By the CORONER - In the state she was no in a small quantity of brandy would be likely to excite her more than it would formerly have done.
    By Mr. Lewis - She had been attended by witness's fahter, in whose care she was placed by Dr. Gull. The witness believed that she left her bed for the first time after a serious illness on the Saturday preceding the Wednesday in question. Supposing there had been a struggle for the knife, and Mrs. Davy had got it in her hand, it was not impossible that the wound might have been produced if he had fallen on his left side. When witness interrogated her she seemed unconscious how the sound had been caused. She appeared bewildered. Witness could not undertake to swear that she had not said it was done as they fell.
    By the CORONER - His impression was that she used the word "in a scuffle" or "in the scuffle."
    By Mr. Lewis - She constantly asked to be allowed to kiss the body.
    Superintendent Eccles, of the X Division, produced the knife found in the fender beside the deceased. It was such a knife as is used for carving fowls with, having a blade and handle each about 7in. long. The point appeared to be rather blunt.
    By Mr. Humphreys - It would require very considerable force to send such a knife as the one produced through all the clothes worn by the deceased. It would have requred the weight of the body falling against something offering firm resistance to have driven the knife in. The witness described the position in which the body was lying and the direction and character of the wound.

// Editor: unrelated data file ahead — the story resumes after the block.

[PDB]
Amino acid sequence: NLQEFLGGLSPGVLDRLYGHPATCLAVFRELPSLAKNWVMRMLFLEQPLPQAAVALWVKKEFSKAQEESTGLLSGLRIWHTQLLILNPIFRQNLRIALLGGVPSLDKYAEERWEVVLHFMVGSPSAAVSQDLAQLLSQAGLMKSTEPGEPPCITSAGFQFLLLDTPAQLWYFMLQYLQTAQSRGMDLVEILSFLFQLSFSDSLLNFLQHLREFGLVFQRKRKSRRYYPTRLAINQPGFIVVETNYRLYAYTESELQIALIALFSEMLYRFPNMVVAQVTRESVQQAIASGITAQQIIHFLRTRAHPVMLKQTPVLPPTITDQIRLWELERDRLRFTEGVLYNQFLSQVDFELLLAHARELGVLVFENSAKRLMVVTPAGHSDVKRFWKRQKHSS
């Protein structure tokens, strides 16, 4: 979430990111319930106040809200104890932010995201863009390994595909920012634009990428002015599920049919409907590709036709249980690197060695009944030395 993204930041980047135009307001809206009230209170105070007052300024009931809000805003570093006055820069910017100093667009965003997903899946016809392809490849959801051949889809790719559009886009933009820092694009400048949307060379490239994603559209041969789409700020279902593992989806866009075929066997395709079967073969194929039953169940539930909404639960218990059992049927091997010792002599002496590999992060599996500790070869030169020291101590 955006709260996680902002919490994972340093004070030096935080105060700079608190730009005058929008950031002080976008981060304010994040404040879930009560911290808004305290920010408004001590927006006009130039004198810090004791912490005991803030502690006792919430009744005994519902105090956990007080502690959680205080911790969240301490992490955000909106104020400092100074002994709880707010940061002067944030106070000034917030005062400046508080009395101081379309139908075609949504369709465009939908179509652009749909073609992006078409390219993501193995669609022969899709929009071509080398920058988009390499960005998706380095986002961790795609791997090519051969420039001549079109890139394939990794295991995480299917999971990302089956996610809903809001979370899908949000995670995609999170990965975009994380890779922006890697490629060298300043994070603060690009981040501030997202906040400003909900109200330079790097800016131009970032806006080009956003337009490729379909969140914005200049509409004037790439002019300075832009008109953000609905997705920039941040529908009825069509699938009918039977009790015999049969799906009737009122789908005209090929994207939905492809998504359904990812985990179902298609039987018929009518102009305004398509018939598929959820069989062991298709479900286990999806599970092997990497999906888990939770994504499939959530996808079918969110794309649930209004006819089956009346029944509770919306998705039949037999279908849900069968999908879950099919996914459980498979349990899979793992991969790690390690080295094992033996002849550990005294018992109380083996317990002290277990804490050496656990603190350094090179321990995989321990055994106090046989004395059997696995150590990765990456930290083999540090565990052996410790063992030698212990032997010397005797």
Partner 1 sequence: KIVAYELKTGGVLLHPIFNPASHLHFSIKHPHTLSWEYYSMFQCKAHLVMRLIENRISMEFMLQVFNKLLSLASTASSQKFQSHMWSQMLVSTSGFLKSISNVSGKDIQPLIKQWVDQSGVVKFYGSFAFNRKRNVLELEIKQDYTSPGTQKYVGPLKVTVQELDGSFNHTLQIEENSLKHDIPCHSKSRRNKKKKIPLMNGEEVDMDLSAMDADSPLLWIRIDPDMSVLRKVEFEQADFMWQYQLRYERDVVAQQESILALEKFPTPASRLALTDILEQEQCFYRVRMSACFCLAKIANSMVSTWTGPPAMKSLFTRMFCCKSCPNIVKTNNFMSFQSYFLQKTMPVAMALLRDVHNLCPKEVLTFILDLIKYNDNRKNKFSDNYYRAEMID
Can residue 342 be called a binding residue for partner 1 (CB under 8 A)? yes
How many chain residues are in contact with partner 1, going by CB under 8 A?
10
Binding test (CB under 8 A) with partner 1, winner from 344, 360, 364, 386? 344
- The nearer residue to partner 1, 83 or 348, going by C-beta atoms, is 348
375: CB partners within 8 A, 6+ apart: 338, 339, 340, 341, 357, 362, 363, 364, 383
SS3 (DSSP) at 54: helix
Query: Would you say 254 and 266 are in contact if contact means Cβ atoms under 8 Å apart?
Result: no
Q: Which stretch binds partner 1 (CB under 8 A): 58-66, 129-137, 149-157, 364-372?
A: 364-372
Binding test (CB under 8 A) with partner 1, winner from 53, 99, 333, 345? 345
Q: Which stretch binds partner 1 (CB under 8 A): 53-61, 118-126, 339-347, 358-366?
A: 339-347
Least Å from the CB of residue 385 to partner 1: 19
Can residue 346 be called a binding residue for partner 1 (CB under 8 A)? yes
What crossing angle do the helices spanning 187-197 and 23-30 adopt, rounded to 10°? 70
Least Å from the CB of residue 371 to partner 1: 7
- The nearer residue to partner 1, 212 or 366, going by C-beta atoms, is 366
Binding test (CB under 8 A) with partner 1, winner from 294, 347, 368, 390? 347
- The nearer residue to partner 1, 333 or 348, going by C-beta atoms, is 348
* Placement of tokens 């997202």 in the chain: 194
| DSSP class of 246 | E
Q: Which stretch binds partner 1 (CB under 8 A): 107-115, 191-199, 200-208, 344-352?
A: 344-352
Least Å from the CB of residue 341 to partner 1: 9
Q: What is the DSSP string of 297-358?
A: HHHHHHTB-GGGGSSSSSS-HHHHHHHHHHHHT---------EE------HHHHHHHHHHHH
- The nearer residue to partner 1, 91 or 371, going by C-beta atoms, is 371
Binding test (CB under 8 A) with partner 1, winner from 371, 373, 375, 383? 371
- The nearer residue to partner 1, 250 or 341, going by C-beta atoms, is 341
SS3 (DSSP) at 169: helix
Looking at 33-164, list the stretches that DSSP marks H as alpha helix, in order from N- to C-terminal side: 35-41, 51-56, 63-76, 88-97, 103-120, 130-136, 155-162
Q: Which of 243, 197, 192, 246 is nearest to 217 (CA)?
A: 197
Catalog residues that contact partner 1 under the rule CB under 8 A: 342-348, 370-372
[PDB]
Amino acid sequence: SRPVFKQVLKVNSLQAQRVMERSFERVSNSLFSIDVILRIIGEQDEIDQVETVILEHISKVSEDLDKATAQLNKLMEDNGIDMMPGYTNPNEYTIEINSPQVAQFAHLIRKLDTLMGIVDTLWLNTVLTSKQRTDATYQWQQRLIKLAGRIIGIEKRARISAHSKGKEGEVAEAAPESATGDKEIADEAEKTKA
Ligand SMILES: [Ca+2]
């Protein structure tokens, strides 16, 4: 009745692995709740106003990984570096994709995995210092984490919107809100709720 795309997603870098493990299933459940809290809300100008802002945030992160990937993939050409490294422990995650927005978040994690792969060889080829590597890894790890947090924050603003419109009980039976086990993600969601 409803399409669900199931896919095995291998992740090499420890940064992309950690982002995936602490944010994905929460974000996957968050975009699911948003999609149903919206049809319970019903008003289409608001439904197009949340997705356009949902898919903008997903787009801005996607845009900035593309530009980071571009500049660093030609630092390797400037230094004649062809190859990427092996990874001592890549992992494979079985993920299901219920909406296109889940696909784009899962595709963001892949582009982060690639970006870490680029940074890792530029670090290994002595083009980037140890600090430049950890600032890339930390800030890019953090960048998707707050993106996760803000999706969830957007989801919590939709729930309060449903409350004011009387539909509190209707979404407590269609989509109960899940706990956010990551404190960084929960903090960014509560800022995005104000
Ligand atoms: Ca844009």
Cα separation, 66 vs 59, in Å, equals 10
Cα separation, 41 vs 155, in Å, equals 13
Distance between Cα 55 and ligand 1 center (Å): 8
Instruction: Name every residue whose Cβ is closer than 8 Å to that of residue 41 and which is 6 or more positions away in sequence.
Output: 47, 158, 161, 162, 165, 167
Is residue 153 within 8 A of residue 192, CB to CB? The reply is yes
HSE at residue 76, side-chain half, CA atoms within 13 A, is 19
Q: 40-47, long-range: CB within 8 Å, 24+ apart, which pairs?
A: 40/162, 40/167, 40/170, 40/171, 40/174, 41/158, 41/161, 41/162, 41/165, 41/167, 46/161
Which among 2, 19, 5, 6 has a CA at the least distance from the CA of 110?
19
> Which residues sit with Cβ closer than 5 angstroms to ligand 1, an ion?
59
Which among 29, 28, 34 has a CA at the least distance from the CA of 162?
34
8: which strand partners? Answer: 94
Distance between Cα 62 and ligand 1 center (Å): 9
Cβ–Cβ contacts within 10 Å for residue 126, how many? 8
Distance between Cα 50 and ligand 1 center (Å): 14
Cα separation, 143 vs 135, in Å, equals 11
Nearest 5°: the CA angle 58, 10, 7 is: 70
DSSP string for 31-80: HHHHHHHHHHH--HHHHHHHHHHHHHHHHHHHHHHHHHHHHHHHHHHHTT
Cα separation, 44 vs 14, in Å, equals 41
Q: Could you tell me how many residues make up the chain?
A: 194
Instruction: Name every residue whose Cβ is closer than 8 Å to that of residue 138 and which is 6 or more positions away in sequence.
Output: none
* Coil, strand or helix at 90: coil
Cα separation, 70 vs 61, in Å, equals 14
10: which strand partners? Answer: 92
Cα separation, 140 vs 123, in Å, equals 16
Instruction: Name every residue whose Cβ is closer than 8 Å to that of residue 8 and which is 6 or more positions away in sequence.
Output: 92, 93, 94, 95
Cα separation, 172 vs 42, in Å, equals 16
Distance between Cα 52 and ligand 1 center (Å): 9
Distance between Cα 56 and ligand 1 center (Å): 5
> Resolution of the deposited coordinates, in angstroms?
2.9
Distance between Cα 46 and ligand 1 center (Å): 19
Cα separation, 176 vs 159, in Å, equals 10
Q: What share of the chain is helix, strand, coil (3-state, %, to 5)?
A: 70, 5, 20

. . .
    Mr. Richard Phillips, surgeon of Leinster-square, stated that he had attended Mrs. Davy about two months ago. She was placed in his hands by Dr. Gull. The witness was sent for on Wednesday night, and found Mrs. Davy in great agitation, sitting on a chair in the drawing-room. She said, "Oh, doctor! How is he?" I said, "The man is dead." She repeated the words, "Dead, doctor? dead? Impossible." He replied that it really was so, and she fell down in a semi-unconscious state on a chair and said, "Oh, doctor, doctor, I am afraid it is I who have done." He exclaimed, "Impossible, Mrs. Davy, you could not have done it." She answered, "I really think I did, but I don't know how." Witness said, "For God's sake, explain yourself, Mrs. Davy." She then said, "We were sitting after dinner at table, and Fred made an observation to me about my daughter which annoyed me excessively. I begged him not to repeat it, for I could not stand it. Mr. Moon said, "I will say it again, and if you are not silent I will fling the bottle at your head." She stated that she then jumped up with a knife in her hand. They struggled and fell, and she saw the blood pouring out and she could not tell how. She said that was all she knew about it. Witness, being under the impression that she was a married woman, told her she must send for her husband immediately. She said he was at his club, and a servant was sent in a cab for him. Witness left some one by her side while he went for a police-constable.
    By Mr. Lewis - She did not at all withhold the explanation from him, and she led him to believe that the wound was received in the struggle, but she did not exactly know how. She always appeared to him to be a well-conducted lady, except in the matter of her indulgence in stimulants. She was an habitual drinker.
    Mr. W. Morrant Baker, F.R.C.S., agreed with Mr. Savory that, although it was possible the wound was the result of a fall, yet it was improbable.